Kate Horvath is a delightful (and not at all surprising) casting choice as Little Red Riding Hood. Horvath’s diminutive stature and youthful voice make her a convincing Little Red, but I suspect her work with the Children’s Theatre makes her especially adept at capturing adolescent mannerisms with uncanny precision. She taunts, she pouts, she cackles triumphantly, all with a hilarious and entirely believable effect.
Horvath has wonderfully antagonistic chemistry with Kyle Geissler (Jack), who struggled a bit vocally with his solo “Giants in the Sky,” but who plays Jack with such endearing, wide-eyed innocence that one can’t imagine a better choice to play a character marked by his “sweet, though occasionally vague, disposition.”
Jana LaPine brings the character of Cinderella down to earth. While her grief over the loss of her mother and the horrors of her home life are palpable, her habit of talking to birds and communing with her dead mother through a hazel tree at her grave keep her character slightly off-kilter. LaPine seemed a bit tentative during her first act solos, but her confident performance of “No One is Alone” in the second act was heartrending.
Nathan St. Germain and Andy Roemhildt clearly relish their roles as the Princes, especially Roemhildt, whose nimble leaping across the stage elicited laughter from the audience every time. “Agony” and its reprise were uproariously funny, and Roemhildt and St. Germain’s performance ensured that the audience got to relish every comical lyric. Roehmildt did double duty as The Wolf, a bit of casting that underscores the notion that perhaps there really isn’t much difference between a prince and a wolf.
The rest of the supporting cast, as with most of the recent Playhouse shows, rounded things out wonderfully (a true testament to the embarrassment of riches we have in our local talent). Ashley Matheson and Dani Stock, as Cinderella’s stepsisters, provided comic relief. Amber Goodspeed was perfection as Jack’s mother; I found myself wishing that her role was bigger, if only to enjoy her lovely singing voice more often. Keith Shelbourne was similarly well-utilized in this production: his very distinctive style of line delivery worked to great effect as both the Narrator and the Mysterious Man.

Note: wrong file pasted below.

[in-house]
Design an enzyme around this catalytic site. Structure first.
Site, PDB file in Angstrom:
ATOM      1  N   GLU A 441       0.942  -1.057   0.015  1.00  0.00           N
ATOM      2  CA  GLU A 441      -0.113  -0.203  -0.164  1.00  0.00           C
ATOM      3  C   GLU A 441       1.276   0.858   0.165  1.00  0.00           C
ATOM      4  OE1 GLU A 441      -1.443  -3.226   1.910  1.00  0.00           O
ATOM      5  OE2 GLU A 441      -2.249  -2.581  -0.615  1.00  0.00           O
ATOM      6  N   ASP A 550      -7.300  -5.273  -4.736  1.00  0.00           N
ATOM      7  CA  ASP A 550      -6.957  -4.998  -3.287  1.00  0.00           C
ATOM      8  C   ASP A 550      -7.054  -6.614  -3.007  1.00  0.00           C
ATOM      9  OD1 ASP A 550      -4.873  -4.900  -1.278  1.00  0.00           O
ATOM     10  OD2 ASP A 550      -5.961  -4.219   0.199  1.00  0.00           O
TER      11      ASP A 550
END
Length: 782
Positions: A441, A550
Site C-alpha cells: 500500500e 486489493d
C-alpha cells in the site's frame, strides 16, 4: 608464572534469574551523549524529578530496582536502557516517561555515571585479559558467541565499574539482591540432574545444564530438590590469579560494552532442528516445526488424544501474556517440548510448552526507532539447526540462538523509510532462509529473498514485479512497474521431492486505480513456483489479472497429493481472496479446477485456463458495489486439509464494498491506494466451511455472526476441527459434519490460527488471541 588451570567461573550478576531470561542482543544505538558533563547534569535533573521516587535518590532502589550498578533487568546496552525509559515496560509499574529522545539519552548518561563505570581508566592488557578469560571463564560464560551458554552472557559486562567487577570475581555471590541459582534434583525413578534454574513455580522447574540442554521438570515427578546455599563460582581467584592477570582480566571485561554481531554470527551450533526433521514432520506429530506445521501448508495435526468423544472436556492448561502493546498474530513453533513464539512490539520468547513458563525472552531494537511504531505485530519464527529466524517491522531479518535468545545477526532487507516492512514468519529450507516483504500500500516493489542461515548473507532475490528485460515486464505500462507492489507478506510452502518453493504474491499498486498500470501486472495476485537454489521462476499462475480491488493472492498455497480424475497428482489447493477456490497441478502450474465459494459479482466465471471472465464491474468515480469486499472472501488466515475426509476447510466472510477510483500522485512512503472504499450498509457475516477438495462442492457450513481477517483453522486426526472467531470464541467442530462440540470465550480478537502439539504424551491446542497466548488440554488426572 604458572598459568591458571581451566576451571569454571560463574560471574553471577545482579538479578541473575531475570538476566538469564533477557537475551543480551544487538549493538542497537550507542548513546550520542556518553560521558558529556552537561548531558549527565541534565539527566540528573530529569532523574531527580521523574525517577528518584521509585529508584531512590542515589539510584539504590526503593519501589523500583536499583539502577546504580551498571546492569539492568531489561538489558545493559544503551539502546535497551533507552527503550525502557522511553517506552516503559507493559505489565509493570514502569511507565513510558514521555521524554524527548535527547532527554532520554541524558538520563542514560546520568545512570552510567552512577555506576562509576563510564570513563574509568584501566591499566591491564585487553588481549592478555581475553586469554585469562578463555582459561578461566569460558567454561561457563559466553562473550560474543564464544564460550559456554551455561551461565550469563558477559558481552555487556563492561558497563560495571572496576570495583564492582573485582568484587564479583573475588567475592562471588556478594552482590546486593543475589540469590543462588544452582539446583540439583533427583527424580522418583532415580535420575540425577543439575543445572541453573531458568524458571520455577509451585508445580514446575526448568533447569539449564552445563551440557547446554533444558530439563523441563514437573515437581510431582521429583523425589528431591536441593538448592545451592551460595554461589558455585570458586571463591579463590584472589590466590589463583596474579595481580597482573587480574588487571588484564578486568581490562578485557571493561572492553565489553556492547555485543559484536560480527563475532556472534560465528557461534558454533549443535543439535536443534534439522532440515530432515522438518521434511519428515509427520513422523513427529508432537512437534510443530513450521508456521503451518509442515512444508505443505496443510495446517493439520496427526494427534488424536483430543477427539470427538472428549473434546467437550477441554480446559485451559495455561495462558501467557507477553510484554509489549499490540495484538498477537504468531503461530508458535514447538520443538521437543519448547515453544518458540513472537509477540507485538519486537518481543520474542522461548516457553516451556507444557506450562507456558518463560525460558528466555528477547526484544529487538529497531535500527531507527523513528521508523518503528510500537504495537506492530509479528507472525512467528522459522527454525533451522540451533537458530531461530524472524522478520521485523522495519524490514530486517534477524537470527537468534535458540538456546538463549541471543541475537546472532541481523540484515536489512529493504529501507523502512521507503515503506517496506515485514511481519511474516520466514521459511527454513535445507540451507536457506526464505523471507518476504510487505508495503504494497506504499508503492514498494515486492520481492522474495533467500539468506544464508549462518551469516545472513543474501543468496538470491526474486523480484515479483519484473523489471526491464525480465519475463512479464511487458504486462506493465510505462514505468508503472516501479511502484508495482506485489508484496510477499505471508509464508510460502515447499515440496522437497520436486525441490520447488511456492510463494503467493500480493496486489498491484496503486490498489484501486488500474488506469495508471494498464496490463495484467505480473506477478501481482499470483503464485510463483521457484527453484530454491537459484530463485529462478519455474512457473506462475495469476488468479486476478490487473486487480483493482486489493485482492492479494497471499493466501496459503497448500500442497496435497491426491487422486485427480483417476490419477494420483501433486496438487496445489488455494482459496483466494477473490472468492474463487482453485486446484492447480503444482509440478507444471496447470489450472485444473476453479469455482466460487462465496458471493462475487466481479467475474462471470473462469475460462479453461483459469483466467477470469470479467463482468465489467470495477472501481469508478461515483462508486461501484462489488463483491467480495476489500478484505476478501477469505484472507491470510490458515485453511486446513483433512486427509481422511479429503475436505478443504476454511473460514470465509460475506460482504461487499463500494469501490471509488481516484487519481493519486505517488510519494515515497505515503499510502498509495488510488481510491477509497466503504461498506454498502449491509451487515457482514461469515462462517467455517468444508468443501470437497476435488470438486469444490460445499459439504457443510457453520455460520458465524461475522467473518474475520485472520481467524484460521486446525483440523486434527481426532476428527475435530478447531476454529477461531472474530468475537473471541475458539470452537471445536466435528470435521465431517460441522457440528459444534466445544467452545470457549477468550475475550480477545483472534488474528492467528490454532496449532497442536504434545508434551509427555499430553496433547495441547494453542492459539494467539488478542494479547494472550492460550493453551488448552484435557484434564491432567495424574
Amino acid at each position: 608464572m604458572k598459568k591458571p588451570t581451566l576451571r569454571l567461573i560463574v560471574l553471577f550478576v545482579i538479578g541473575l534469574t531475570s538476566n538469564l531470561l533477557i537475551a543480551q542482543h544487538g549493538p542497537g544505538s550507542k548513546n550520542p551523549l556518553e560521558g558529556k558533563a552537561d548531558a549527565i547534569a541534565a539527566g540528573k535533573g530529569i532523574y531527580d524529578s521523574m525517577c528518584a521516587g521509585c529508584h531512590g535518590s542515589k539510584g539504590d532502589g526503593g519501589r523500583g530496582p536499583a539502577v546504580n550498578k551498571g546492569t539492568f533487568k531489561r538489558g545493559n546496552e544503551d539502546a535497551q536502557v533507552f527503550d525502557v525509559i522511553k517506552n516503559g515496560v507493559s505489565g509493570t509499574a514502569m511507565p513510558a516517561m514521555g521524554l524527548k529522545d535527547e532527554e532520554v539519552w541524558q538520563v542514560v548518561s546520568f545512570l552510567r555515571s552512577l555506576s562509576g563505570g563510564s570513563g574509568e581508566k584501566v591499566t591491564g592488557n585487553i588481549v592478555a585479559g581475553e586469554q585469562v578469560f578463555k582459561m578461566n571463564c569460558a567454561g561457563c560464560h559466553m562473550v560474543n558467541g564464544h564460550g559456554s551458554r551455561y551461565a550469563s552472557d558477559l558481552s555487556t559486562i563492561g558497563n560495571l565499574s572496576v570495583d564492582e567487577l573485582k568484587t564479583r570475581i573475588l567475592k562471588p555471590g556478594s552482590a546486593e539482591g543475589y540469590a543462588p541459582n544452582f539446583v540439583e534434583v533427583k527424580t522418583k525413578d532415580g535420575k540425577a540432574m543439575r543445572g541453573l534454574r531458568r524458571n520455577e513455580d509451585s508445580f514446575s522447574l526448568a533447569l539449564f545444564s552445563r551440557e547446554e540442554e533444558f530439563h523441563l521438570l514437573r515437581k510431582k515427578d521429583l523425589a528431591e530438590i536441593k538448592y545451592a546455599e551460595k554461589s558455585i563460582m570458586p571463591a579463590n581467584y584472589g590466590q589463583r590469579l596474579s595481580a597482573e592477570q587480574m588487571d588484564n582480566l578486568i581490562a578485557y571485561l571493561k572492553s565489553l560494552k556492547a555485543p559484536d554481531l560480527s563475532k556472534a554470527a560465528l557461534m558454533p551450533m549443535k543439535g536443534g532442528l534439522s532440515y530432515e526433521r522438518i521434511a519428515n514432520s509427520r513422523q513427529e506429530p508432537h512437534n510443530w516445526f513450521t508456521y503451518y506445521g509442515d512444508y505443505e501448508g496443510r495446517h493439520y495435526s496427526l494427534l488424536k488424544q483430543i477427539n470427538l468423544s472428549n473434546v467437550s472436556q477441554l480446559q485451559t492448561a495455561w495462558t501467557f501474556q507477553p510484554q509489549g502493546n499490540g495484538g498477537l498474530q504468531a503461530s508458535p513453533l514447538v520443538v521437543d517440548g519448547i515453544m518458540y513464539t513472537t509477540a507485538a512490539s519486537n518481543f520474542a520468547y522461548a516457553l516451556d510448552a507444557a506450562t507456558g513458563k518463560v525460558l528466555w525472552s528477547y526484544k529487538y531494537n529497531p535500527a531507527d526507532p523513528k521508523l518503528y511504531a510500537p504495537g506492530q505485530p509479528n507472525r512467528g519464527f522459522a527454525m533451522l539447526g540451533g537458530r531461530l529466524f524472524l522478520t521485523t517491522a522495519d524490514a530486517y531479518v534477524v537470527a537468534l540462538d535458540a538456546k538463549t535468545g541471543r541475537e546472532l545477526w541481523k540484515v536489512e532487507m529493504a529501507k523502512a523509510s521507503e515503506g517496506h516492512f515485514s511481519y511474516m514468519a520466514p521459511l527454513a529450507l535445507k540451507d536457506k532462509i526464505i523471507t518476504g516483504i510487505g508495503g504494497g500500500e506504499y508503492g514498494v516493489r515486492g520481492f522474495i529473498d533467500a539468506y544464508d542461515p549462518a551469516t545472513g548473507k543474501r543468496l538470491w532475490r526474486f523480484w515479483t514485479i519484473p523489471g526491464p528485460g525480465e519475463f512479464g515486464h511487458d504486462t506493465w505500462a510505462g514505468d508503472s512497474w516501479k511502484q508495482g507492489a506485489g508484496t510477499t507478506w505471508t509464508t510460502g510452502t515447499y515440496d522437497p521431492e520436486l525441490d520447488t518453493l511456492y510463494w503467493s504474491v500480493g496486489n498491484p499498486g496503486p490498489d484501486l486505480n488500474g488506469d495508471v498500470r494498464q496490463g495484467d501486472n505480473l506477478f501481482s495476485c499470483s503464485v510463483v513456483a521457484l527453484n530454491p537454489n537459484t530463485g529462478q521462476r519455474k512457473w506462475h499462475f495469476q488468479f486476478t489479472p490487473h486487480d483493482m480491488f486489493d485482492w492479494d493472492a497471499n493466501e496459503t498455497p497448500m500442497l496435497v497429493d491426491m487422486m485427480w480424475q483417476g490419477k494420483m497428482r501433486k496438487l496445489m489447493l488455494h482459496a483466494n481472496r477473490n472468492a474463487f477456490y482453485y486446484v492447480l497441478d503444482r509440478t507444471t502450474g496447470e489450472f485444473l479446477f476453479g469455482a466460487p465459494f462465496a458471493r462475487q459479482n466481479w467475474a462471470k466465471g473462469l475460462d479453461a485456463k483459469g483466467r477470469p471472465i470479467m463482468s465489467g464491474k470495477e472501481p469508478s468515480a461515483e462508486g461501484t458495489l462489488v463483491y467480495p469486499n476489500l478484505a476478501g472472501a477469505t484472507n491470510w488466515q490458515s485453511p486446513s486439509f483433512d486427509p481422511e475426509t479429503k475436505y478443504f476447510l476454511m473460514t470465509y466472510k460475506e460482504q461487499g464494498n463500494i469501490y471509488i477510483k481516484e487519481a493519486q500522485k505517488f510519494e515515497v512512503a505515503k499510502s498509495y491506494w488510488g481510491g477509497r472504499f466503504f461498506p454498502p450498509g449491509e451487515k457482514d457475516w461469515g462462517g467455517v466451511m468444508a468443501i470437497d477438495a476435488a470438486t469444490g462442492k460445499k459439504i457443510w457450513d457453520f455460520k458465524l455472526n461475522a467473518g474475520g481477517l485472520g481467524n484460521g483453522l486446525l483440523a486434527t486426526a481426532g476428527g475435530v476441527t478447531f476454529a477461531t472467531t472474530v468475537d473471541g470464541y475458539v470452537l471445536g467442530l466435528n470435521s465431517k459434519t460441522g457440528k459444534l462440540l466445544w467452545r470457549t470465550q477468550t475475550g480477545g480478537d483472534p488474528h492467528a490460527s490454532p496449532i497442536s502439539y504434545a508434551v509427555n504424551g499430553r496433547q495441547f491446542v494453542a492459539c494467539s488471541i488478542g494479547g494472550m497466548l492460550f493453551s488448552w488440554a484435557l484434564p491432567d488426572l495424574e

Thinking back over a truly enjoyable season at The Playhouse (indeed, a truly enjoyable theatre season in Duluth), it occurred to me that The 25th Annual Putnam County Spelling Bee and Into the Woods, both directed by Priscilla McRoberts, make fitting bookends, in that they share similar explorations of parent/child relationships. Just as the children participating in the spelling bee betray the influence of their home lives, Into the Woods features characters whose parents are overprotective (Rapunzel), absent (the Baker), abusive or indifferent (Cinderella). Both shows seem to suggest that, regardless of our childhood experiences, we can find belonging through connectedness with others, realizing that we never truly act alone. Such connectedness and community were evident in this year’s theater season: everyone involved should be commended for their ambition, artistic vision, and commitment in bringing such high caliber entertainment to the stage. I, for one, am eagerly looking forward to next season.
What: Into the Woods
Where: The Duluth Playhouse
When: July 14th-31st, Wednesday-Saturday at 7:30 pm, Sundays at 2 pm.
*Speaking of the next season: the line-up can be found here. Which shows are you excited for? With the exceptional level of dance showcased on the Playhouse stage this year, I’m particularly anxious to see A Chorus Line. And while I was rather surprised by the inclusion of Hair, I’m looking forward to seeing the Playhouse tackle it!
Leave a Comment
Only registered members can post a comment , Login / Register Here